A team of 22 student trainees from The Chinese University of Hong Kong (CUHK), The University of Hong Kong (HKU) and Harvard University undertook a CCOUC field visit to Manbangtang Village at Yunnan Province of China from 12 to 17 March 2016. To share fresh experiences and lessons learnt during this trip, CCOUC and the Centre for Global Health jointly organised a lunchtime lecture on 18 March 2016.
The sharing led by the student trainees comprised of various lessons learnt during the trip. The first lesson was the field etiquette and proper ways of interacting with villagers and facilitating health interventions learnt in a one-day training co-organised by CCOUC and Kunming Medical University in the beginning of the trip before the team entered the village.
The trainees have also acquired skills like interviewing with villagers and being cultural sensitive during the visit to Manbangtang Village, a rural village in Mengyang Township of Jinghong City, Xishuangbanna Dai Autonomous Prefecture. CCOUC had visited this site three times before as components of the routine project cycle: site selection, needs assessment and health intervention. The purpose of this finale trip was to evaluate the outcomes of previous interventions and to conduct an additional health intervention session. For the health intervention, messages on salt reduction, disaster preparedness and smoking cessation were conveyed to villagers through dramas, demonstrations and posters. Master classes for students were also delivered in the field by CUHK Faculty of Medicine academics including Assistant Faculty Dean Professor Vincent Mok, Emeritus Professor of JC School of Public Health and Primary Care Professor Sian Griffiths and CCOUC Director Professor Emily Chan, which have profoundly inspired the participants as well.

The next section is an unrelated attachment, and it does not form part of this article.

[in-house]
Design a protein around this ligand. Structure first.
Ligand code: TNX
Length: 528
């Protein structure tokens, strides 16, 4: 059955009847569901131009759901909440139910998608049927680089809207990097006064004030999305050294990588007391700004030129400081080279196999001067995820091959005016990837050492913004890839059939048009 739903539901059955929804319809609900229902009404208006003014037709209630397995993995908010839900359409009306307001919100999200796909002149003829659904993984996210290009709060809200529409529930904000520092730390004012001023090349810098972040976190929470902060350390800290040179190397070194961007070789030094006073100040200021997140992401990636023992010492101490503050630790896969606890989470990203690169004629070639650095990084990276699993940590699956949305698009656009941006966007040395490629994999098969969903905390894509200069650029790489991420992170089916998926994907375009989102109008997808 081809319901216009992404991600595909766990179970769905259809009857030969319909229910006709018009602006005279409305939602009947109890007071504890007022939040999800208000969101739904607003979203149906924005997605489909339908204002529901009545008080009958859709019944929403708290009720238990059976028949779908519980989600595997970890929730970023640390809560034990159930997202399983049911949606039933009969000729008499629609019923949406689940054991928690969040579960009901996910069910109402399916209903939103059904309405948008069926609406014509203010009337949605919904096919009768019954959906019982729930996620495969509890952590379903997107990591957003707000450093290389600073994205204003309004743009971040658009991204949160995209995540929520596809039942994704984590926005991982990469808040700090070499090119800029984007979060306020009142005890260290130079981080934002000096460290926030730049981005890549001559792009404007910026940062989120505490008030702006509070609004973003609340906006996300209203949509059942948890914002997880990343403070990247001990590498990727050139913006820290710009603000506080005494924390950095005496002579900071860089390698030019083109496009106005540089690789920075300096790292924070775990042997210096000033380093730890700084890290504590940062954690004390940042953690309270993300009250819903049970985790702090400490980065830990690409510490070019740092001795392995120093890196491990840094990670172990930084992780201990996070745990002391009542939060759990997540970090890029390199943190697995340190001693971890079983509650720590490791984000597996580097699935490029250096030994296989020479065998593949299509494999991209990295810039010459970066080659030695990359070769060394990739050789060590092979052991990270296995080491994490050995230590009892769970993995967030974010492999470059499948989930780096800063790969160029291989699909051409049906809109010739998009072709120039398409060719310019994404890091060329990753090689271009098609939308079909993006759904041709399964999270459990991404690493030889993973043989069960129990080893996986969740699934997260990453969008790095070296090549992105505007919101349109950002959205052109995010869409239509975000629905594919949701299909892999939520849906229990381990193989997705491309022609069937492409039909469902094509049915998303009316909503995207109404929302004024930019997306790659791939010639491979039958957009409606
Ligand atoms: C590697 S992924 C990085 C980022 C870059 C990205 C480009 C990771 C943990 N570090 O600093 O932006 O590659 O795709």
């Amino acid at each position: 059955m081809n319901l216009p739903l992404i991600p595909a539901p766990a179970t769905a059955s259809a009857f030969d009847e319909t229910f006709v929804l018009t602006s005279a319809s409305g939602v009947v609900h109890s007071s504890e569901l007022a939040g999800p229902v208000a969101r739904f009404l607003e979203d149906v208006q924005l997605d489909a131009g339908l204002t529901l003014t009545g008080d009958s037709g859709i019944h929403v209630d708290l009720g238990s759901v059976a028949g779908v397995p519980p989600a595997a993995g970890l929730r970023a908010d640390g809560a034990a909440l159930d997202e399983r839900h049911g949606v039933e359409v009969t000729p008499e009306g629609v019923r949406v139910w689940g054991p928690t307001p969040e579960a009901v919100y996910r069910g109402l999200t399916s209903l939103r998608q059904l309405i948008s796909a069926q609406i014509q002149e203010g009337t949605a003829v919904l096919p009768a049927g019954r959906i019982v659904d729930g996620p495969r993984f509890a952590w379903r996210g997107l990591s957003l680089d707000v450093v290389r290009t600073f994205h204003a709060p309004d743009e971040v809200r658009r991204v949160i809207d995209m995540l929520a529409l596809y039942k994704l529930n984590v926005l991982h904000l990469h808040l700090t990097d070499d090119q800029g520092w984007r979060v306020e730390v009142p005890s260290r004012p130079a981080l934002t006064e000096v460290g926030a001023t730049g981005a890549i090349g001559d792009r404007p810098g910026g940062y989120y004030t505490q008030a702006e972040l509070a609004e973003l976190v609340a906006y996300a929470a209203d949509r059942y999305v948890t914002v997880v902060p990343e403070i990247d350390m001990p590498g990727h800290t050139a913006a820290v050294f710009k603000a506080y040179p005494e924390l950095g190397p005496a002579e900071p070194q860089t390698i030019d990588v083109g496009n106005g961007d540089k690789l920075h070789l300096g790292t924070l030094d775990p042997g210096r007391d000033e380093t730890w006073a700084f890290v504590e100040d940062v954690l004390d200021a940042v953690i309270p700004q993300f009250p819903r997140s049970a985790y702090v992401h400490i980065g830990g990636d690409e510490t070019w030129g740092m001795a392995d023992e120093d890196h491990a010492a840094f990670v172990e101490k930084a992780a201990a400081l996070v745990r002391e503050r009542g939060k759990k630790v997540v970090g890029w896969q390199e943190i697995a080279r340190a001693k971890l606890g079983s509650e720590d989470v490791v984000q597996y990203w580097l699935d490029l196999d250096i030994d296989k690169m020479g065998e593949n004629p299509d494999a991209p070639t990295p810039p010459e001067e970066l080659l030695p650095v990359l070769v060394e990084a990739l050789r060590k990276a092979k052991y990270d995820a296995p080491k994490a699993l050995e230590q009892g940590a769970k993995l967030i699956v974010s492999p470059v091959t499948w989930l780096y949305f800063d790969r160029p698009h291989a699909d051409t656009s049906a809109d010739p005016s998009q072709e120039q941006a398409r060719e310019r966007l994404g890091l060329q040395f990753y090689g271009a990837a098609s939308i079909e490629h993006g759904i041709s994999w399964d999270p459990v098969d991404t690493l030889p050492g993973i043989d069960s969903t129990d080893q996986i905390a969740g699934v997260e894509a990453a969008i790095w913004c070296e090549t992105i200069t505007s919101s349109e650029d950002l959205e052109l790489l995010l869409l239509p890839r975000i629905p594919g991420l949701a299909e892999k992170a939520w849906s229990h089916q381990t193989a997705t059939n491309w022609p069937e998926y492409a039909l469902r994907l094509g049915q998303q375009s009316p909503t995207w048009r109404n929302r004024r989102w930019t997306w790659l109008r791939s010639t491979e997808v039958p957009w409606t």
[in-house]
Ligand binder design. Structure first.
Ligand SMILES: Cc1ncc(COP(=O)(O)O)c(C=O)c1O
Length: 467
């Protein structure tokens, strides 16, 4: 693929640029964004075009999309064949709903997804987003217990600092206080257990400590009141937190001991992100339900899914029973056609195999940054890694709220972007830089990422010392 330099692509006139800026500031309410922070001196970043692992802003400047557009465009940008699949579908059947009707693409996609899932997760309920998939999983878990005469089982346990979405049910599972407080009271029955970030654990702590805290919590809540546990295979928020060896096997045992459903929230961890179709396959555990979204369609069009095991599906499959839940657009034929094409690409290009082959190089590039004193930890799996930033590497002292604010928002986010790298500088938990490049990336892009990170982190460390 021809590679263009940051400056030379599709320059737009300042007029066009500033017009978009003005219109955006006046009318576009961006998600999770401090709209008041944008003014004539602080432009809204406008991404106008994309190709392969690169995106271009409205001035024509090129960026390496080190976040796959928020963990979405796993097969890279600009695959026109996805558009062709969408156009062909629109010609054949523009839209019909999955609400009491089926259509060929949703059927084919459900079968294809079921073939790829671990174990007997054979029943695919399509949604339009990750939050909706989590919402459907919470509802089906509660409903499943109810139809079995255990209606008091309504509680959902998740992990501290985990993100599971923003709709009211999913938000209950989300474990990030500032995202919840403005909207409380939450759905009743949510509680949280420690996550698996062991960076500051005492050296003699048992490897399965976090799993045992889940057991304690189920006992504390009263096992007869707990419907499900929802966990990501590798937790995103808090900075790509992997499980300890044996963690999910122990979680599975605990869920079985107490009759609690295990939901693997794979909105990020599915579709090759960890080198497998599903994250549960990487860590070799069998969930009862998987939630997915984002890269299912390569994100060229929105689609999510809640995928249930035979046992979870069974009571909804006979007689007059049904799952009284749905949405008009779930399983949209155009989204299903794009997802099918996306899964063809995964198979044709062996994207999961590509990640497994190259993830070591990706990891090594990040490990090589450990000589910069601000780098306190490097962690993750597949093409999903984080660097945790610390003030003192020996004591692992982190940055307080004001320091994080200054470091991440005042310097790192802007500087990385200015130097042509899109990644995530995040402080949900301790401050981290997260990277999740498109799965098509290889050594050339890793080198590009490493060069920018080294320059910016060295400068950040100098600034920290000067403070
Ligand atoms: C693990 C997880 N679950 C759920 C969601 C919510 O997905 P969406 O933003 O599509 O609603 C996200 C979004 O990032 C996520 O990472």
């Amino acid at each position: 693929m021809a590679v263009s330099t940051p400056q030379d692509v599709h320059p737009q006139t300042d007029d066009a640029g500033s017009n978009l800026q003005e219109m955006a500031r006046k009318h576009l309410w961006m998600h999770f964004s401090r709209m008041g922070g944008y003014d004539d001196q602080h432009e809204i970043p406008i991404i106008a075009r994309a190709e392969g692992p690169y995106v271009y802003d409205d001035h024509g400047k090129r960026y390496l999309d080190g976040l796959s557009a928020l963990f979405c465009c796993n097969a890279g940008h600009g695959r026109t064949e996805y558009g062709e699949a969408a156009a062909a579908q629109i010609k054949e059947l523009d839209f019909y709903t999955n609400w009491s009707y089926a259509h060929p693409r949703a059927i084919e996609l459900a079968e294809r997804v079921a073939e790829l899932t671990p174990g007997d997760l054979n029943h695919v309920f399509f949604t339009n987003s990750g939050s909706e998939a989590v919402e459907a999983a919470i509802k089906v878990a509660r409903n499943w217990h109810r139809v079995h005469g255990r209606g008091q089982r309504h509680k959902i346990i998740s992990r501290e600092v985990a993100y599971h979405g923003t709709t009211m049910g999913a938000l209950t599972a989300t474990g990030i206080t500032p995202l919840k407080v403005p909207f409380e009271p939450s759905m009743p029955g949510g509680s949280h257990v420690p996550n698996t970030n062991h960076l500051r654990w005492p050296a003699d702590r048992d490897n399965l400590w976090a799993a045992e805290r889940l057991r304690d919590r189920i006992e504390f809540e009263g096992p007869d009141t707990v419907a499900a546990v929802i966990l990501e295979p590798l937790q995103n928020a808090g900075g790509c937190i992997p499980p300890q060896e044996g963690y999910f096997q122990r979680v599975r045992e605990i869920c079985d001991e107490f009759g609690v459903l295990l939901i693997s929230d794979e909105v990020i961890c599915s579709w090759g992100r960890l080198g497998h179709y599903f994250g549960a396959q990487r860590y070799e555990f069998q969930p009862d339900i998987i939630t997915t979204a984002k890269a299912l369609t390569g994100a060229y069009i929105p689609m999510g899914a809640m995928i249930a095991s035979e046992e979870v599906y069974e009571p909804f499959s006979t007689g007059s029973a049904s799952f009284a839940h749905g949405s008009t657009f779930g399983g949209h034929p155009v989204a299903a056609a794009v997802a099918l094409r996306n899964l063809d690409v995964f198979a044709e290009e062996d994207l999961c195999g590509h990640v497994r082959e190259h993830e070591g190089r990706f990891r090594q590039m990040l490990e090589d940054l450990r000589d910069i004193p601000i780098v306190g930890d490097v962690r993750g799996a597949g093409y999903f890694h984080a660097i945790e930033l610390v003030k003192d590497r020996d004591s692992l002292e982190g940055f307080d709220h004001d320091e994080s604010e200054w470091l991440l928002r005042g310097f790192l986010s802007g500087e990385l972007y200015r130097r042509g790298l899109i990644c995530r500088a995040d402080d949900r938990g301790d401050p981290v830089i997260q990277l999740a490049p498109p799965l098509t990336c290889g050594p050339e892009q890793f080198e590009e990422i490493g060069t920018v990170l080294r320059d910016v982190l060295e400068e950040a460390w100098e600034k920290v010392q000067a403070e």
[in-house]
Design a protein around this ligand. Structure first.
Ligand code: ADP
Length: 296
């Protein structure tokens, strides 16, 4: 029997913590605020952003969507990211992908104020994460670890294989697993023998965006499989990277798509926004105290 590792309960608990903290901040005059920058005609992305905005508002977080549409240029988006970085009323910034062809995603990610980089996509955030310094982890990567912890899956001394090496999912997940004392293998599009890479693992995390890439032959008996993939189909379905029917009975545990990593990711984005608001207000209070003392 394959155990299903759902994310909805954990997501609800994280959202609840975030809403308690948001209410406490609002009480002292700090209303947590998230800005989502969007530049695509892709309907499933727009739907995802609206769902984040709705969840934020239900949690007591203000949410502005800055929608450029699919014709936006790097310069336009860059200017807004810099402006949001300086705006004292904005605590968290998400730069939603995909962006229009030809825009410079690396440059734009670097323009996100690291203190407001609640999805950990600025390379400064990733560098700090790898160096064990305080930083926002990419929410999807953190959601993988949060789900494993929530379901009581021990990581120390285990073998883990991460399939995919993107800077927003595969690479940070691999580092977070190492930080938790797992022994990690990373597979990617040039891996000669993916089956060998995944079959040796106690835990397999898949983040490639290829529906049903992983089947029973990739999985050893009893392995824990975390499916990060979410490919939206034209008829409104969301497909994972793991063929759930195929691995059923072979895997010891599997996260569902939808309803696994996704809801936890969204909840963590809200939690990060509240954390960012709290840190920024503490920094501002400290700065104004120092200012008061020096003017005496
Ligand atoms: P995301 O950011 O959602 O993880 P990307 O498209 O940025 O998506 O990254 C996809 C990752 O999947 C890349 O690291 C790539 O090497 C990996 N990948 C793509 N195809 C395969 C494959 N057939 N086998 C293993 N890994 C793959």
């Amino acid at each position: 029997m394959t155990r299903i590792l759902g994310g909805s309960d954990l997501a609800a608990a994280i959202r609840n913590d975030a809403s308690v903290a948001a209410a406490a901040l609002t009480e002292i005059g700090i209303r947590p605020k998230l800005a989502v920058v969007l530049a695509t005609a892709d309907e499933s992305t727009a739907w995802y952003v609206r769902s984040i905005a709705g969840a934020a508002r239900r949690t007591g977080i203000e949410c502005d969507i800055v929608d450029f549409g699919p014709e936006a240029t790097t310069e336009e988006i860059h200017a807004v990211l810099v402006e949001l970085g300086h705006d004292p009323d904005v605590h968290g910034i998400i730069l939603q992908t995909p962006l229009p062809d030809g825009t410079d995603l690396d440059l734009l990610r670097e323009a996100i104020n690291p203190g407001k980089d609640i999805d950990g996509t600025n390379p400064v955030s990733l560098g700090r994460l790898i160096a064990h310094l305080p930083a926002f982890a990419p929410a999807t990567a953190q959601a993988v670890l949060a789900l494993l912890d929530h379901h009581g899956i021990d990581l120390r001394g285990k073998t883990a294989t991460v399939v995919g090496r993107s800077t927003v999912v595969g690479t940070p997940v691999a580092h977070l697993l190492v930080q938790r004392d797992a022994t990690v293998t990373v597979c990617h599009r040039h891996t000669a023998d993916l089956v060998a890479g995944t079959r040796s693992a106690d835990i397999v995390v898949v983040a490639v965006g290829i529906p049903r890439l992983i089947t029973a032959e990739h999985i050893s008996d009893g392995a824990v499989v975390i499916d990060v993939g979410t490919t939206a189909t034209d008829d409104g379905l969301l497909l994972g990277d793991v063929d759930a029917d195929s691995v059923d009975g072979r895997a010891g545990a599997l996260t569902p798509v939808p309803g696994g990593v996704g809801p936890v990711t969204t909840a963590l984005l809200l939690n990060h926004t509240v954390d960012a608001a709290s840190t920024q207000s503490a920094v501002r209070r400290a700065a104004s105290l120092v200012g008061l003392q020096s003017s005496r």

Overall, the trainees gained much insight from their hands-on experience when conducting the health intervention and evaluation programme. They expressed that it is an invaluable opportunity for them to conduct public health education in a rural community setting. Most of the trainees reiterated their aspirations to continue working towards improving the public health status in vulnerable and impoverished communities.